I’m in the mood this week for a bit of a children’s literature round-up, a list of books featuring fairy tales accompanied by beautiful art. All would make great holiday gifts, if you’re looking for such a thing. Let’s get right to it, shall we?

For your serious fairy-tale fans, I highly recommend two books—Franz Xaver von Schönwerth’s The Turnip Princess: And Other Newly Discovered Fairy Tales and The Original Folk and Fairy Tales of the Brothers Grimm: The Complete First Edition, translated and edited by Jack Zipes. You may have read about the first book in this 2012 Guardian piece, which was passed around social media quite a bit.

Von Schönwerth’s book, compiled and edited by Erika Eichenseer and translated by Maria Tatar, who also provides an introduction and commentary, was released earlier this year and presents in one volume the fairy tales collected in the eastern part of Bavaria by mid-19th-century folklorist von Schönwerth. It was Eichenseer who discovered the existence of 500 of these fairy tales among the von Schönwerth papers “stored,” she writes, “almost like buried treasure in the municipal archive of the city of Regensburg.” These fascinating and eccentric stories for all ages—from tales of romance and magic, to tall tales and legends, and many other stories in between—provide a basis for comparison, as Tatar notes, for understanding the Grimms’ tales even better. Each story opens with a small illustration from sculptor, glass-artist, and illustrator Engelbert Süss, who was born in eastern Bavaria.

The Original Folk and Fairy Tales of the Brothers Grimm: The Complete First Edition was released last year and is a book I am slowly working my way through, savoring each story. As the title tells you, this collection presents an English translation of the first two editions of the original Grimm brothers’ fairy tales (1812 and 1815)—before the stories were edited so heavily in subsequent decades. “Ironically,” Zipes writes:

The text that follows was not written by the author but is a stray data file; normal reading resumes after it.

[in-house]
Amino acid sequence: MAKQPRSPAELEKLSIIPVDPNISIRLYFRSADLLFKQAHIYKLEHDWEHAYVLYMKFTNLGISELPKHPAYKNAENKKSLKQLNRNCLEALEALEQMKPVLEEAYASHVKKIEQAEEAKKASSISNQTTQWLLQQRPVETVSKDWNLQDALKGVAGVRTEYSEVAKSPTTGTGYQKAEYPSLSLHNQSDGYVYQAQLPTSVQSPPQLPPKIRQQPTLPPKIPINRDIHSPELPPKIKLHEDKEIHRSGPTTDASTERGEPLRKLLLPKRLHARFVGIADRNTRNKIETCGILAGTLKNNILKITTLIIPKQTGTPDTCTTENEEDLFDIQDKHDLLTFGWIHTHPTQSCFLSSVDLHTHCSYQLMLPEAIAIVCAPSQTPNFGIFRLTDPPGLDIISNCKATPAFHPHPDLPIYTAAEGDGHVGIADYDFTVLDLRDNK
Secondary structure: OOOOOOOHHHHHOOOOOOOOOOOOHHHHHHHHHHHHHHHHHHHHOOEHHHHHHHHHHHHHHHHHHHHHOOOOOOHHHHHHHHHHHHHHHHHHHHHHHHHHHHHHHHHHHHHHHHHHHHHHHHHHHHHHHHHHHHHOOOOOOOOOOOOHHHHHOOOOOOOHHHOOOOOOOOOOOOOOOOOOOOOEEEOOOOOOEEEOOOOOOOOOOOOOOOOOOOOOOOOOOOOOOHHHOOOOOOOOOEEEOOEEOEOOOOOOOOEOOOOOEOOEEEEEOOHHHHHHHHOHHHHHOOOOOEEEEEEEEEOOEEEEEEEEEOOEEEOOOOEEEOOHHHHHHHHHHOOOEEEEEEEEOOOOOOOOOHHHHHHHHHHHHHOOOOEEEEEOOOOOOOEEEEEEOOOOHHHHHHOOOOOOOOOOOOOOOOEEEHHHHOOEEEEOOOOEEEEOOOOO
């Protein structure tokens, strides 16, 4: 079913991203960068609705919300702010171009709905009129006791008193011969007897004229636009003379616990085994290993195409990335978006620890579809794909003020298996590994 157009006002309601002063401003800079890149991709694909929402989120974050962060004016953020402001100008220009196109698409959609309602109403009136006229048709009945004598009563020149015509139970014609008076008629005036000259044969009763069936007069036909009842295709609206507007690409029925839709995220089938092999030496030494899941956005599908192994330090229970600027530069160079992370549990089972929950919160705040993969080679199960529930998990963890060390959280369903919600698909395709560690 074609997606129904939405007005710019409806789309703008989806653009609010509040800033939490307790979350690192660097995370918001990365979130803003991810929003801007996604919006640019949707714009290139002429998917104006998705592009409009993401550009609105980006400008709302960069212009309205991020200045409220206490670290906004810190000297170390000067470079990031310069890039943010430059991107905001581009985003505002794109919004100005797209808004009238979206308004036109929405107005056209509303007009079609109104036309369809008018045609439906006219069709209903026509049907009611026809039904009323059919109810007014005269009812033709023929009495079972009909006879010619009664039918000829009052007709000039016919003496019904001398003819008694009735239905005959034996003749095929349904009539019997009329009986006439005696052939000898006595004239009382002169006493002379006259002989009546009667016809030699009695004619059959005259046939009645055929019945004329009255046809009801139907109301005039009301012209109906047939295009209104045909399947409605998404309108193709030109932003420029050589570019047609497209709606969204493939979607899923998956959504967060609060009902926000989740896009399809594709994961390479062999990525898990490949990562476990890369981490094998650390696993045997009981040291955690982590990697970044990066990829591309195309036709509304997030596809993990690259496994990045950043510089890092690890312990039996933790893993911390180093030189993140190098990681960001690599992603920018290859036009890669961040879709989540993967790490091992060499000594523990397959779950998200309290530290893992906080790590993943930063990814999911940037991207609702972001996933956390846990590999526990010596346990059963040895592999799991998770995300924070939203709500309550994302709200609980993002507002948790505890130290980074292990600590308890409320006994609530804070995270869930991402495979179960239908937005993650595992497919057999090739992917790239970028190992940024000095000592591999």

Continue reading >


“few people today are familiar with the original tales of the first edition, for the Grimms

 went on to publish six more editions and made immense changes in them so that the

 final 1857 edition has relatively little in common with the first edition.”

What a treat these stories are, presented to readers now with Zipes’ masterful translations. The tales are, in turn, moving, brutal, and always unequivocally plainspoken, a refreshing thing to read after so many edited versions. The book also includes exquisite black-and-white cut-paper illustrations from visual artist Andrea Dezsö.

Speaking of cut-paper artwork, fairy-tale fans who also love a beautifully designed picture book may want to see the books of artist Sybille Schenker. Hansel and Gretel, adapted by Martin West, was released here in the States two years ago by Minedition, and Little Red Riding Hood, translated by Anthea Bell, was released last year. The books come with the following note, if this gives you any sense of what a work of art the books themselvharehedghoges are (not to mention the cut-paper illustrations inside): “For the protection of the fine laser die cut and the sensitive matt black surface of the cover, only remove jacket after purchase.” (It comes with a plastic jacket to protect it.) Absolutely exquisite, each of these books. Take a look here, if you’re so inclined, to see what I mean about the illustrations.

While we’re still being Grimm, I’d also recommend The Hare & the Hedgehog, illustrated by Jonas Lauströer. This was released just last month and features the lesser-known Grimms’ tale of a hare who insults a hedgehog. The two end up racing for a gold coin and a bottle of mead. Lauströer, born in Germany, brings readers sweeping spreads, filled with energy and movement. There’s a lot of humor here, too, with his anthropomorphized hedgehog family and the arrogant hare, clad in a suit and tie. I hope Lauströer has more picture books in his future.

Happy fairy-tale reading to all, and to all a good book!

Julie Danielson (Jules) conducts interviews and features of authors and illustrators at Seven Impossible Things Before Breakfast, a children's literature blog primarily focused on illustration and picture books.